I enjoy watching the US Women team play. They are the top of the heap of soccer for women. And, being American, it is nice to be able to always be the favorite — even when you are playing European teams! At the same time, I think there is an argument that they could be even better if they handled the ball more.
It was impressive to see the US Women start the New Zealand game with the amount of pressure they applied. Everywhere NZL went, the US pressed them farther. That stood out. What also stood out was the speed of movement when we had the ball — I am not referring to the movement of the players, I am referring to movement of the ball. Generally speaking, the USWNT exercise one-touch passing. While all directions are explored, the only real areas they seem interested in are forward and wide. Almost every pass played backwards is followed by a long ball up. The right back, for instance, played it long the following times she had the ball played back to her (I only charted the first 33 minutes):
10:34 drop then long ball led to loss of possession
11:19 drop to right back and sent up (long) – maintained possession
19:00 right back played another long that led to loss of possession
21:43 right back played another long that led to loss of possession
27:33 right back turned the ball over again
I only started charting at the seventh minute – in the note on the 10:34 entry, I note that it was the fourth time the backs had played long resulting in loss of possession. This is all interesting, but not the real point of the blog tonight. I just wanted to point out that there is no such thing as playing the ball out from our backs. And, as I have written before, the argument between territory and possession, I prefer possession unless you can have a shot off the long service.
Getting back to dribbling, there were several instances in the first 1/3 of the game where a player had the ball and space. Given that situation, why pass? If the pass is a killer pass, it makes sense, but what if it is not? What if the player has the ball and space in mouth of the goal (but outside the box)? At the 16:34, Abby has just that situation. Rather than press the ball into the throat of the goal (allowing a teammate to cut in behind the defense or allowing a shot), she immediately sends it wide to Rapinoe. In this particular instance, Rapinoe crossed it immediately back in and it almost resulted in a goal (to be fair). But, if you have the ball and space, why not require the defense (in front of the goal) to commit to you? Abby does that at the 28:45 mark – opting to dribble instead of throw the ball wide. The result was a fantastic through ball up the middle, in front of the goal, rather than away from it.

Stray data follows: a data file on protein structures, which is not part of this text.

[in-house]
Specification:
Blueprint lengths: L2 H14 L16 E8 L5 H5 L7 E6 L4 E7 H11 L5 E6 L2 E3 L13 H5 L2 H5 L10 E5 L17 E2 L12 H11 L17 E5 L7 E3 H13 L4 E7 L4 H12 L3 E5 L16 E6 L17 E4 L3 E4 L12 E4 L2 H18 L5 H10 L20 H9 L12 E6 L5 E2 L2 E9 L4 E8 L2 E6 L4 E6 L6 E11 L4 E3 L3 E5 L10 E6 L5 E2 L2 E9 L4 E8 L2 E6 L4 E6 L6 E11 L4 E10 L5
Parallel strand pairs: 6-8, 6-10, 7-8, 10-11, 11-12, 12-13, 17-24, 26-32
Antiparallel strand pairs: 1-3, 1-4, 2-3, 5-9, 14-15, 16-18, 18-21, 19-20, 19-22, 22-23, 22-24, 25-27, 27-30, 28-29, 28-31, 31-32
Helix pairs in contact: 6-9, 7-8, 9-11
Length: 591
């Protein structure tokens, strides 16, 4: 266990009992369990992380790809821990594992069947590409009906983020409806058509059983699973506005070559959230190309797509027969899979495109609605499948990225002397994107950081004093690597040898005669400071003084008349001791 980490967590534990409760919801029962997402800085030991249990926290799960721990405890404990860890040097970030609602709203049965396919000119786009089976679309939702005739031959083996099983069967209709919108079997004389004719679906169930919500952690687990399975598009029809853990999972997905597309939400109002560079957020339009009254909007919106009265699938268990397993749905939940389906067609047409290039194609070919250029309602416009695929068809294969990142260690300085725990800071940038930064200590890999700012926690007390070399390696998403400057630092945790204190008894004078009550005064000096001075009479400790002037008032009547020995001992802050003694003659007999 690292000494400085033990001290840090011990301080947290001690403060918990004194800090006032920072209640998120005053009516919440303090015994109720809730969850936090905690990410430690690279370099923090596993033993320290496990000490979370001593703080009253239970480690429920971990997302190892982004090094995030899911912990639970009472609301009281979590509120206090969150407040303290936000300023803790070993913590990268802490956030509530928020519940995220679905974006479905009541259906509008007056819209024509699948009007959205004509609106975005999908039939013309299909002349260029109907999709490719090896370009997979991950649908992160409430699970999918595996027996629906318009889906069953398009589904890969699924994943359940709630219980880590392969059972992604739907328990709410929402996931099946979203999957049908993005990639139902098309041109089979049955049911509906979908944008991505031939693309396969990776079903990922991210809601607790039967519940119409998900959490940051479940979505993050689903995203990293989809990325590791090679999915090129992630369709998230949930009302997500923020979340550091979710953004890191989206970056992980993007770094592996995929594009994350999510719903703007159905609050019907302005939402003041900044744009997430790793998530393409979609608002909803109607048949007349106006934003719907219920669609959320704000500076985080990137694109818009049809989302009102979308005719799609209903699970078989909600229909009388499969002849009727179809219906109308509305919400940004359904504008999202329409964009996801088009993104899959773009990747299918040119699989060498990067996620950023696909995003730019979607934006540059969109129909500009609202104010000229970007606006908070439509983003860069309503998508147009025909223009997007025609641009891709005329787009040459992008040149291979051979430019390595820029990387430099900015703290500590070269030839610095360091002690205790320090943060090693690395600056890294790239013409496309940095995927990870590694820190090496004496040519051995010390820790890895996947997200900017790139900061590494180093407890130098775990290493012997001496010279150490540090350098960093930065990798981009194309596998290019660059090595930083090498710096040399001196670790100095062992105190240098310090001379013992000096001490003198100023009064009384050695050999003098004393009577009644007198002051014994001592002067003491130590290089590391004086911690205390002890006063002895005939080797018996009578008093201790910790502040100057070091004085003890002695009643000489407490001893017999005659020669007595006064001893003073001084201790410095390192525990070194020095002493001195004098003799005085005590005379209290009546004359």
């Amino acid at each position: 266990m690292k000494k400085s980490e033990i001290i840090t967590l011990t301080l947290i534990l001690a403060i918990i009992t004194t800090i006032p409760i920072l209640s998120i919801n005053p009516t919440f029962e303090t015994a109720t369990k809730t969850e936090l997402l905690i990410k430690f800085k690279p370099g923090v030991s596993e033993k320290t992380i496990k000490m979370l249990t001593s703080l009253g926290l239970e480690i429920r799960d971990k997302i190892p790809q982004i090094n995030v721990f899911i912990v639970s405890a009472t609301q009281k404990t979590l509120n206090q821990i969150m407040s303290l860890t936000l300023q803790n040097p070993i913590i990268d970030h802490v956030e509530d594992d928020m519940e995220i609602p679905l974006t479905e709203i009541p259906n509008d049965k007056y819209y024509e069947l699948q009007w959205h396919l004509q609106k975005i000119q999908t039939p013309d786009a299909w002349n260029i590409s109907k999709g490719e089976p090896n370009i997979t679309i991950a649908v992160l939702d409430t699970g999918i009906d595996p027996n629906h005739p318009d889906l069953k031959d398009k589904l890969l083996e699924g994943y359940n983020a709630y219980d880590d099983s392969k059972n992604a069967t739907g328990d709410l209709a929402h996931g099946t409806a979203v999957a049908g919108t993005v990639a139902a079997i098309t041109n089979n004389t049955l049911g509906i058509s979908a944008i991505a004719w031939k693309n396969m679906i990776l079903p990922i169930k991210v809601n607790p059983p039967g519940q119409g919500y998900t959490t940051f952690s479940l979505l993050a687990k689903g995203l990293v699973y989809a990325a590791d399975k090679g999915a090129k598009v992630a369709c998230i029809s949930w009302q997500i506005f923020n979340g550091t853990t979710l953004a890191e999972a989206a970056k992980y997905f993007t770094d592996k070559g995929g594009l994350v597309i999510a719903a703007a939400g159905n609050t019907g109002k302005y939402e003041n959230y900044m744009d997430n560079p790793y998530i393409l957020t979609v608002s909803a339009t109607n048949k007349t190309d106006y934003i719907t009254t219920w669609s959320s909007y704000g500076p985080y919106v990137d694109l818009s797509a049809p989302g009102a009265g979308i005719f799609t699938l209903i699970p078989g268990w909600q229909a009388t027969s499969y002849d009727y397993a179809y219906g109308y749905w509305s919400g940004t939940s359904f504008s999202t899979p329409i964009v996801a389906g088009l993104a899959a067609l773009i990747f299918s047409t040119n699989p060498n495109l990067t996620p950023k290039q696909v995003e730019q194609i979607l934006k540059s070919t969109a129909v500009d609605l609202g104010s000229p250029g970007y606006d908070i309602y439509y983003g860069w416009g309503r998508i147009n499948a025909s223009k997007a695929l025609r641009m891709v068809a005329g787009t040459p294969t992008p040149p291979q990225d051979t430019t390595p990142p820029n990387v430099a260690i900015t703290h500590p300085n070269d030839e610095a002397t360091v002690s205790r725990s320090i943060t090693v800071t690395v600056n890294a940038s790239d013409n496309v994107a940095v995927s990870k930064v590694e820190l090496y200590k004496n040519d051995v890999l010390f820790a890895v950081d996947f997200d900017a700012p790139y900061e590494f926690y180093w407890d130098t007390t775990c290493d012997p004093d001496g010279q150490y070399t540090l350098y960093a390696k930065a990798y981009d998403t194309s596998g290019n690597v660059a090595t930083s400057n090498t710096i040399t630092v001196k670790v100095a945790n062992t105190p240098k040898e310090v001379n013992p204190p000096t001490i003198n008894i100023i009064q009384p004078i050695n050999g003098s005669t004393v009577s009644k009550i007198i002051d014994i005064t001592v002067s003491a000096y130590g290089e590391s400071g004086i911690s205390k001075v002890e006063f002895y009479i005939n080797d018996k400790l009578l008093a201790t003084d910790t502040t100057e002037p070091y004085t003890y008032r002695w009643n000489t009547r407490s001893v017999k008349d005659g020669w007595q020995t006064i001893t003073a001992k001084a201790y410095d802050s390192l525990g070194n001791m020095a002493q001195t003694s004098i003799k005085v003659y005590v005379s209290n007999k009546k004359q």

In the Olympic Edition of Sports Illustrated (August 6, 2012), Megan Rapinoe is profiled. I had not read this article but as I was telling my wife about what I observed, she recommended it. Rapinoe was one of the few Americans who at least held the ball at times. While her moves in the first 1/3 of the game were limited to cuts and turns out wide, she at least handled the ball. Interestingly, she is viewed as an “un-American” player.
“Truth be told, Pinoe is the most un-American player in the U.S. women’s soccer, and that’s a compliment. For decades that U.S. has thrived on strength and speed more than skill…Rapinoe relies instead on clever dribbling, fluid movement and visionary passing…The key to her creativity, she says, was playing under Danny Cruz, her club coach at age 13 with Elk Grove United in Sacramento.
‘I don’t think he ever really told me how to play. . . He was really good about letting us make mistakes and play free. . . There are a lot of really bad coaches in the U.S. who maybe don’t focus on the right things. Sometimes creativity is stamped out at a young age.'” (Grant Wahl, Sports Illustrated, August 6, 2012)
Funny thing — Sam Snow, US Youth Director of Coaches, says the same thing — we are coaching the game out of the players! Do we give our players the same opportunities?
Back to the game against NZL, the first goal was created after an excellent ball through the defense (from right to left, diagonally) with which Alex Morgan held onto it. She challenged the defender to the left of the goal, in the box. The defender had to retreat, giving Alex space to send a superb cross (shorter range). Abby finished it. This was in the 26:28 minute of the game. Alex’s challenge to beat the defender 1v1 created her space to send the cross.
And, to answer the question about passing too much. The default in soccer, I understand, is that if there is an open teammate, we should send the ball there. We should stretch the defense with width (and length). But, watching Pirlo play for Italy in the Euros, there is something to be said for at least “carrying” the ball (not necessarily beating people off the dribble, but drawing defenders to you then distributing is en effective way of managing the midfield.) If you pass the ball too quickly, it may have the opposite effect on the defense — they do not have the time to commit so they just stay in place.
We used to use a similar strategy in basketball. At high school, while our basketball team was above average, we competed at the highest level of Texas basketball (5A). Our coaches’ philosophy was to play zone – we usually played a 2-3. We allowed the opposing team freedom of ball movement anywhere outside our zone — we used it for breathers. At the same time, penetrating dribblers challenged our defense – requiring us to commit and move.
I hope that, going forward, as a new generation of soccer players are developed, that we do not default back to the strength and speed philosophy.